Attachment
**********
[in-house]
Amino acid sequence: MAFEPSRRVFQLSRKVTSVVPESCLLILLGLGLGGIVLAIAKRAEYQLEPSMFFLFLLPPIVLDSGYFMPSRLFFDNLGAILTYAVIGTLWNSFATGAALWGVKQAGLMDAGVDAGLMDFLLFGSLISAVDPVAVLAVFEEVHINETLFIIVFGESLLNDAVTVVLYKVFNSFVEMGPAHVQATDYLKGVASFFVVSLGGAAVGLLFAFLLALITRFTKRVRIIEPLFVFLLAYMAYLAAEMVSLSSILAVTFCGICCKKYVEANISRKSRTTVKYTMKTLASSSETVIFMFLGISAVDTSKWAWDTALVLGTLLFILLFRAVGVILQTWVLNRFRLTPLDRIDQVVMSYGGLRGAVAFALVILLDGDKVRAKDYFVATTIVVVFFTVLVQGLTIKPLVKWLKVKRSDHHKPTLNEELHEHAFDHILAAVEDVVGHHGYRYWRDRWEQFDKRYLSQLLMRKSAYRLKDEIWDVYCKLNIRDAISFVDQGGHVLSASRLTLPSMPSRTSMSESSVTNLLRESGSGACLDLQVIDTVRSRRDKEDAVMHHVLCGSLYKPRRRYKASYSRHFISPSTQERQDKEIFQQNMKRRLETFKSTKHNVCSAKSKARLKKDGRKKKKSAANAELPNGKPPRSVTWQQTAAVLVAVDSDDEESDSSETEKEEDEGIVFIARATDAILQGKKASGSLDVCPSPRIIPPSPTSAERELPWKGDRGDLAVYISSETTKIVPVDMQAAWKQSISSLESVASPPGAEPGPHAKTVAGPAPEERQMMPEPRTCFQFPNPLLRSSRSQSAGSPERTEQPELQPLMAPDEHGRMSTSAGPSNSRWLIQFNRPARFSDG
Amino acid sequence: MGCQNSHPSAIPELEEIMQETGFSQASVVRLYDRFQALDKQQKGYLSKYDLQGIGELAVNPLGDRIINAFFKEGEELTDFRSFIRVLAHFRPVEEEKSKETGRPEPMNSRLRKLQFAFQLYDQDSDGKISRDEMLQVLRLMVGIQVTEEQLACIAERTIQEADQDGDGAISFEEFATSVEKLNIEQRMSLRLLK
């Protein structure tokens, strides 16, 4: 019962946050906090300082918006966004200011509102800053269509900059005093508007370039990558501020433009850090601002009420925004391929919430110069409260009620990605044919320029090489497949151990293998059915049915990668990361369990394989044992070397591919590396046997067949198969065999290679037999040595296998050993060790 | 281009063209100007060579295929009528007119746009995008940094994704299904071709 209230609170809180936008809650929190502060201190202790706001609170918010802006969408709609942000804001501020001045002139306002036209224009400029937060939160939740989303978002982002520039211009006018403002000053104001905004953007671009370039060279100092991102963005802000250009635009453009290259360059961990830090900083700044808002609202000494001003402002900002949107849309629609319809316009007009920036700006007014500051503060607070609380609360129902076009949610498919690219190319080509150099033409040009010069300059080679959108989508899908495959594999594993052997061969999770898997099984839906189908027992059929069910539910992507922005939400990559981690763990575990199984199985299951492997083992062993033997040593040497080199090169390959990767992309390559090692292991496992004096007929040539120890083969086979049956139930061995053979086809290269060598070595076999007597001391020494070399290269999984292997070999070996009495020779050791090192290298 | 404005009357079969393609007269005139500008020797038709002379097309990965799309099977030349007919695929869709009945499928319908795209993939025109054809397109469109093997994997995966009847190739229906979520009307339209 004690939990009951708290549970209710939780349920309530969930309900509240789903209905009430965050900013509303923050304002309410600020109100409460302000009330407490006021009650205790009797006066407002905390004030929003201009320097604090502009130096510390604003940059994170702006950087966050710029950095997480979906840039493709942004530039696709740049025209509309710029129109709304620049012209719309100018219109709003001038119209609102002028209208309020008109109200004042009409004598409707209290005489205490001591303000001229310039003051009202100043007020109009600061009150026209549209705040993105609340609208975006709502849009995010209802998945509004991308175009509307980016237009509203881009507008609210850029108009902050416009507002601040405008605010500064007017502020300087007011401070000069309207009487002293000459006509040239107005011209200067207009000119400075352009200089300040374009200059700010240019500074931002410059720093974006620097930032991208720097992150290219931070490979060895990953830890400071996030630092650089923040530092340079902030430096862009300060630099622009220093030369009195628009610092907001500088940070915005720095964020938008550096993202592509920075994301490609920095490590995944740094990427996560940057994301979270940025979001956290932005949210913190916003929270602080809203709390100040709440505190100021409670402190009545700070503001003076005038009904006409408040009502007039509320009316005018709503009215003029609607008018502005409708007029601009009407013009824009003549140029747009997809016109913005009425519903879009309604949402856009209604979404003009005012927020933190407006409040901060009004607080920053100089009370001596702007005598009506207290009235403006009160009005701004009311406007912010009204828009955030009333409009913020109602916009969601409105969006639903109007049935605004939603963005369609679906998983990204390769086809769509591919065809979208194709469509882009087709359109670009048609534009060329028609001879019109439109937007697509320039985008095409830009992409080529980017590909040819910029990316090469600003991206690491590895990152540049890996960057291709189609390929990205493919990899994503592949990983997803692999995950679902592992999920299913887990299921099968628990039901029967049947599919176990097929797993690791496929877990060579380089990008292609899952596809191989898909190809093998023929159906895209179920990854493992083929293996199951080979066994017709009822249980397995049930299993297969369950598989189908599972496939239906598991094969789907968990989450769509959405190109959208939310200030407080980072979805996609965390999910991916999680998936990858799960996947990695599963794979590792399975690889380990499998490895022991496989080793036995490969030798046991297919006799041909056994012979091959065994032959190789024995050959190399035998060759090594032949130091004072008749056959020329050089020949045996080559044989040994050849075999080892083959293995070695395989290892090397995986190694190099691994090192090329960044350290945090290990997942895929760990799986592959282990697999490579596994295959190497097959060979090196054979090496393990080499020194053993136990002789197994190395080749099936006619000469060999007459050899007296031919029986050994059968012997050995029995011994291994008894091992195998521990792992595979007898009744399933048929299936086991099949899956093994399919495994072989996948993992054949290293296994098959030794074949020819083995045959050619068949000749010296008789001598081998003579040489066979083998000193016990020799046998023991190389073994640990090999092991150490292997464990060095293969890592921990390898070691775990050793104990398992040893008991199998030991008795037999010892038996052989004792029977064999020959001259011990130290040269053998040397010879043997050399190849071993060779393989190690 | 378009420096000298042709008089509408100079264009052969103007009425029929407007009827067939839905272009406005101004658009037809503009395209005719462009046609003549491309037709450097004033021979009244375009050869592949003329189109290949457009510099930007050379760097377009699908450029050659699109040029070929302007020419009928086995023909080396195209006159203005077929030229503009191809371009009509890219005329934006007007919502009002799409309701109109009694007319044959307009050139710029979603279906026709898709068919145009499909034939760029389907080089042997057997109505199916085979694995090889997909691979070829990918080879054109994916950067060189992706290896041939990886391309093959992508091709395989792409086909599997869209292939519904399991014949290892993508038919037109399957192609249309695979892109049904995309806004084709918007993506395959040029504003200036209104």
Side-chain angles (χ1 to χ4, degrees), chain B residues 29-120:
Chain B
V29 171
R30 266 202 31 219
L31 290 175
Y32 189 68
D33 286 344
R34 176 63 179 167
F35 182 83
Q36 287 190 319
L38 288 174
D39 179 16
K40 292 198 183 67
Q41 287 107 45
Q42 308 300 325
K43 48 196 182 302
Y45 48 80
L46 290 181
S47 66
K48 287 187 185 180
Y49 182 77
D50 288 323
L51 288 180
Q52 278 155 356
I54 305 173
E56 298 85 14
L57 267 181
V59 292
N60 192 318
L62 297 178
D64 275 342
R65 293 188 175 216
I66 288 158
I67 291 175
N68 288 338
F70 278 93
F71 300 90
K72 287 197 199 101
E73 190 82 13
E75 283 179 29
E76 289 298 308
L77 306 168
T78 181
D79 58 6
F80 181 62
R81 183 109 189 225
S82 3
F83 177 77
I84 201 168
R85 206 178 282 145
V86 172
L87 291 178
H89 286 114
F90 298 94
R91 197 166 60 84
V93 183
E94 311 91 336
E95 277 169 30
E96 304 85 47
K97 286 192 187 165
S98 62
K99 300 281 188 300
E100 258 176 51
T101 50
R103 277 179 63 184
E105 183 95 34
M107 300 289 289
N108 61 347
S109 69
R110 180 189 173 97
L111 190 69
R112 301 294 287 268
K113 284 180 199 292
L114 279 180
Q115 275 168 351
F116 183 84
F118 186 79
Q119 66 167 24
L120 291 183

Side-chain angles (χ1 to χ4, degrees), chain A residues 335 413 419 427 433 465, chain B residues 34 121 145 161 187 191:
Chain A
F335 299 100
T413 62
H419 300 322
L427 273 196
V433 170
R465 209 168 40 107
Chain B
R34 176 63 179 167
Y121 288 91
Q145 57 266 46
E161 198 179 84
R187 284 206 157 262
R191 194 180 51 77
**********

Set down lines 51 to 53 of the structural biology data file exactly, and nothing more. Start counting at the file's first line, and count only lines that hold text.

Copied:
S82 3
F83 177 77
I84 201 168